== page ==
UK Euro Elections May 2019

Electoral Calculus made vote share and seat predictions for the final elections from Britain to the EU Parliament in May 2019. We used our regression analysis of our own commissioned polls, on behalf of Remain United.

This election had some difficult features to predict, particularly the massive flows of voters away from the two larger parties towards the 'Brexit extremes' of the Liberal Democrats and the Greens, and the Brexit party. There was also the likelihood of significant amounts of tactical voting to add more complexity.

Our model used regression analysis with additional modelling on top of that to allow for tactical voting.

In this difficult context, we were pleased that there were many positive features of our prediction, but we didn't get everything right.

We correctly predicted that the Lib Dems would be the leading pro-Remain party in every English region, and would be ahead of the Green party. This prediction was challenged and disputed by Green party supporters, but was accurate. We also correctly predicted that the Brexit party would come top, and that Change UK would do badly.

EU Elections 2019 - Prediction vs Actual

Figure: Predicted versus actual vote share at the EU Elections 2019

For the large parties, we correctly predicted that their vote shares would decrease significantly, but we under-estimated the extent of Labour's collapse. Nevertheless, the regression analysis was generally better than conventional polling analysis at predicting the regional results.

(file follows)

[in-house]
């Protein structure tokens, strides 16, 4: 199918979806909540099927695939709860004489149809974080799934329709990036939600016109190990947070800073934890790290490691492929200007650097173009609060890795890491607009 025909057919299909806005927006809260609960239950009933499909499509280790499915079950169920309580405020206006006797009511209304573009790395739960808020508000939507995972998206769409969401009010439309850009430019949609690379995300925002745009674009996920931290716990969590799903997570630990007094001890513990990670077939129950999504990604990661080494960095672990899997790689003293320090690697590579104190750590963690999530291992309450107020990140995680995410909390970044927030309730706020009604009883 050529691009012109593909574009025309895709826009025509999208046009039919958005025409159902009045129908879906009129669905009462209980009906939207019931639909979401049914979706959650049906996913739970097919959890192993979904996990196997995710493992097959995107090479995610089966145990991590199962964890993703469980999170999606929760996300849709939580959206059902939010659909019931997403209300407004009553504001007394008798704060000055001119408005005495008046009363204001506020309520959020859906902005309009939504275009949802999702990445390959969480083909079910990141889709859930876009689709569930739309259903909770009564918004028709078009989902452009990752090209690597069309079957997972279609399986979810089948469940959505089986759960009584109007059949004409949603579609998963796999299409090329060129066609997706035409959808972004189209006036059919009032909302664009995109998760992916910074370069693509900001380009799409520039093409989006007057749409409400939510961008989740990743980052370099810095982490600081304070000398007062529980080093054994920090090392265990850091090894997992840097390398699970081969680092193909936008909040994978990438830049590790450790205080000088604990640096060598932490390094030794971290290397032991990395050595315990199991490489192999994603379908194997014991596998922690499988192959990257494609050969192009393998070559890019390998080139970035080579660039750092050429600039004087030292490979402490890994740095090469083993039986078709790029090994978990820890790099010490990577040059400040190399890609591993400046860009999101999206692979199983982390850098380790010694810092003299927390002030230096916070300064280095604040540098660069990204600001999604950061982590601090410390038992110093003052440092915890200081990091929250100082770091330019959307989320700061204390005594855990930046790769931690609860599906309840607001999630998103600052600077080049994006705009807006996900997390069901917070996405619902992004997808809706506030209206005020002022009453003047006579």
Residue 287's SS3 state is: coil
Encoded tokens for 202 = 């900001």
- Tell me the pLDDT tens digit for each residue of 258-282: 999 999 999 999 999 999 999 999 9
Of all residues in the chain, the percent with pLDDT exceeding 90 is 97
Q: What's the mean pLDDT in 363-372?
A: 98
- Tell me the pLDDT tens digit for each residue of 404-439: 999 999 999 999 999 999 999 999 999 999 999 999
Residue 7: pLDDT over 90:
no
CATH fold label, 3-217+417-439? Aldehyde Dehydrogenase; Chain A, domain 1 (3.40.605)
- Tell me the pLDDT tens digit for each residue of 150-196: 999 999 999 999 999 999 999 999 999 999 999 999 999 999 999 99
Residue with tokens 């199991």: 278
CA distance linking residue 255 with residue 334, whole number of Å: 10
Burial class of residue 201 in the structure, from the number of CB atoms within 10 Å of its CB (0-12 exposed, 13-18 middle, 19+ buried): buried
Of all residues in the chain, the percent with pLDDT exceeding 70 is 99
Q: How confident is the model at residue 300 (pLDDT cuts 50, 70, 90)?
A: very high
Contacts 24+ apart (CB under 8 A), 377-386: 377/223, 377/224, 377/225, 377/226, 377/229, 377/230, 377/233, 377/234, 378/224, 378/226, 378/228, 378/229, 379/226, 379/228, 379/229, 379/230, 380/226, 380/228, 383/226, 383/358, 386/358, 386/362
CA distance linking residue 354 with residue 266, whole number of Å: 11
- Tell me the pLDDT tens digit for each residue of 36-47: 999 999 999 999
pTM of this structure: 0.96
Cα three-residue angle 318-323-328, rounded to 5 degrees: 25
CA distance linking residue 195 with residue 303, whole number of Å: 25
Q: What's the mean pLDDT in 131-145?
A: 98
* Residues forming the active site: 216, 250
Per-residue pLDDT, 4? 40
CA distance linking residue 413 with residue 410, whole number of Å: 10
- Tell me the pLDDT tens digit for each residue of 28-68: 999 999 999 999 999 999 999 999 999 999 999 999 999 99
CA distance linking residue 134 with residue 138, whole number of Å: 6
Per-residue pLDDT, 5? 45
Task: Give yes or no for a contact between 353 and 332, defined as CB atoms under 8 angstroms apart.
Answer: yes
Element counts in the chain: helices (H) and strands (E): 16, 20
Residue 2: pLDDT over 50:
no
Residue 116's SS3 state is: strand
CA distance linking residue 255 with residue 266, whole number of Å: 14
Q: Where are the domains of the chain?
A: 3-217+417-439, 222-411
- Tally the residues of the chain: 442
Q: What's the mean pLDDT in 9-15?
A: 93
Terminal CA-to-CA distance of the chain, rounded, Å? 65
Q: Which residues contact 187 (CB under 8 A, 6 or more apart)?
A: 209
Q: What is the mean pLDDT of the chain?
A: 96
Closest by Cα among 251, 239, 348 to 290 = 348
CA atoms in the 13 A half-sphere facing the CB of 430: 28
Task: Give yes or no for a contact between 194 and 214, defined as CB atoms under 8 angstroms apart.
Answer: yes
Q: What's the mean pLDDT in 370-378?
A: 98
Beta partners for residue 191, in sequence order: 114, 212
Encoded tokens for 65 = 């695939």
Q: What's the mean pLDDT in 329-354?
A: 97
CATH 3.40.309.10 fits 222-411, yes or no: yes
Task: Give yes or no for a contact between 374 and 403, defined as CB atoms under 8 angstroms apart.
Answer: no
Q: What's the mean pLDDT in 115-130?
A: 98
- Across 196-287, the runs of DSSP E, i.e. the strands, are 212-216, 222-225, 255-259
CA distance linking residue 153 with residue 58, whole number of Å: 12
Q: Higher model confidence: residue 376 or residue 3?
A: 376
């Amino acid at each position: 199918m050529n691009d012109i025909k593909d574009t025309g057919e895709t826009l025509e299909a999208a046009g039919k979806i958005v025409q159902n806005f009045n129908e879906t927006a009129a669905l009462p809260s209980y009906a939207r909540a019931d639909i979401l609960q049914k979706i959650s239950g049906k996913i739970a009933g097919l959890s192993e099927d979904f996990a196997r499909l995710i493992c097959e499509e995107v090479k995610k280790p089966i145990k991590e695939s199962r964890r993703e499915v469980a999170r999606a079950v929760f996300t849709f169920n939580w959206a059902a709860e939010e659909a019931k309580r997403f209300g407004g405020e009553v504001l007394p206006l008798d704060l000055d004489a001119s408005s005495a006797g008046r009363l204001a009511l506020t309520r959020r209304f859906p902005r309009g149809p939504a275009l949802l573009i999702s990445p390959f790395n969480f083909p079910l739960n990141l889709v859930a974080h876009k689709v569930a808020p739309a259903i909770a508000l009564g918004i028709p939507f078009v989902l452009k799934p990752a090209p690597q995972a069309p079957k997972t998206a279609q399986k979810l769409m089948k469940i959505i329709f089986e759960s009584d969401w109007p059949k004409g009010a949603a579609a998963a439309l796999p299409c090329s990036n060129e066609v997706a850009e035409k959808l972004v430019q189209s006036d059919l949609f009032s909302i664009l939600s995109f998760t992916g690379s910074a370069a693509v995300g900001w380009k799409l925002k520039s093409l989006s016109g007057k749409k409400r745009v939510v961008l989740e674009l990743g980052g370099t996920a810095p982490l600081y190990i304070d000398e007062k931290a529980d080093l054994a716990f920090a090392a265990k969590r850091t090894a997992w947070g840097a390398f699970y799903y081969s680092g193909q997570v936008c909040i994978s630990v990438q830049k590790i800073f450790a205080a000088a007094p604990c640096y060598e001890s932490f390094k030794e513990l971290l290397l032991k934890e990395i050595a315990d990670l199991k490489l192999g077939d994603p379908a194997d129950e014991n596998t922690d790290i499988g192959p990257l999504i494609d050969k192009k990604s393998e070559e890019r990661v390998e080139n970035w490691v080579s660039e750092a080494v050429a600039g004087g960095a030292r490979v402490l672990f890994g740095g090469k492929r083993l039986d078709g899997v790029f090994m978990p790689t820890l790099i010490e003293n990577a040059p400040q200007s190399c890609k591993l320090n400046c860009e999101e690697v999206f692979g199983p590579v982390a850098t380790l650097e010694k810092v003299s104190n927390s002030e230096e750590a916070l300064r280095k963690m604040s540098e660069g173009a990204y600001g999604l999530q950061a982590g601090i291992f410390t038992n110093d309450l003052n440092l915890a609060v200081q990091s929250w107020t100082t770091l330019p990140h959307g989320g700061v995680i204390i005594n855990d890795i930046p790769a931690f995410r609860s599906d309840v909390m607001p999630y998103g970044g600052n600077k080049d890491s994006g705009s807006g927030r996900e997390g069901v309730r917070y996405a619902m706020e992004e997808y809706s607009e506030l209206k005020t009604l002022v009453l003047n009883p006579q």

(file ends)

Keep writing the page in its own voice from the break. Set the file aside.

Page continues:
Full details of our EU predictions, and find out about our regression polling and election prediction services.


The UK General Election December 2019

Electoral Calculus made the most accurate pre-poll prediction of the result of the December 2019 General Election. Our final prediction correctly predicted a Conservative victory with a substantial majority.


Three-D Political Segmentation

Electoral Calculus undertook a project to create a political segmentation of the UK voting population by political attitudes. This has become more relevant in recent years since the traditional single left-right axis no longer captures the reality of the public's political attitudes.